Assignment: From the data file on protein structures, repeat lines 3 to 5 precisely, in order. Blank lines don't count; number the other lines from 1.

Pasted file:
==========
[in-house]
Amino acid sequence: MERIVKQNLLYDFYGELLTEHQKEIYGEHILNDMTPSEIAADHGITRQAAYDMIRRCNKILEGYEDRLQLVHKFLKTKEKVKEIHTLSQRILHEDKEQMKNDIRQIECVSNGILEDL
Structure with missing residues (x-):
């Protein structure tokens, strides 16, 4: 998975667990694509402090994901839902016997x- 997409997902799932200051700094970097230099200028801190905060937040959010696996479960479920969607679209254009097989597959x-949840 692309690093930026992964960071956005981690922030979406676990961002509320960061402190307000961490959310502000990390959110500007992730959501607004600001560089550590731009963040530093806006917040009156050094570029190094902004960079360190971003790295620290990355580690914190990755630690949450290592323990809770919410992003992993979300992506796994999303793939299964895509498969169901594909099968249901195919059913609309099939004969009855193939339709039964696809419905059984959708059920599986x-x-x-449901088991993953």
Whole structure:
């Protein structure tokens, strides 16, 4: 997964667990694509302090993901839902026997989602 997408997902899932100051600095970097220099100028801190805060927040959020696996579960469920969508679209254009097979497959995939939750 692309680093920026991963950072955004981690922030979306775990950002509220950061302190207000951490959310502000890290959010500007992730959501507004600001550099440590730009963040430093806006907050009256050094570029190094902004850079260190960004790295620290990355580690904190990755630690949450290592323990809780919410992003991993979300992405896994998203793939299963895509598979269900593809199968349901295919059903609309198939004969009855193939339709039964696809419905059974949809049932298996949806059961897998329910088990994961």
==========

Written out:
Structure with missing residues (x-):
């Protein structure tokens, strides 16, 4: 998975667990694509402090994901839902016997x- 997409997902799932200051700094970097230099200028801190905060937040959010696996479960479920969607679209254009097989597959x-949840 692309690093930026992964960071956005981690922030979406676990961002509320960061402190307000961490959310502000990390959110500007992730959501607004600001560089550590731009963040530093806006917040009156050094570029190094902004960079360190971003790295620290990355580690914190990755630690949450290592323990809770919410992003992993979300992506796994999303793939299964895509498969169901594909099968249901195919059913609309099939004969009855193939339709039964696809419905059984959708059920599986x-x-x-449901088991993953």
Whole structure: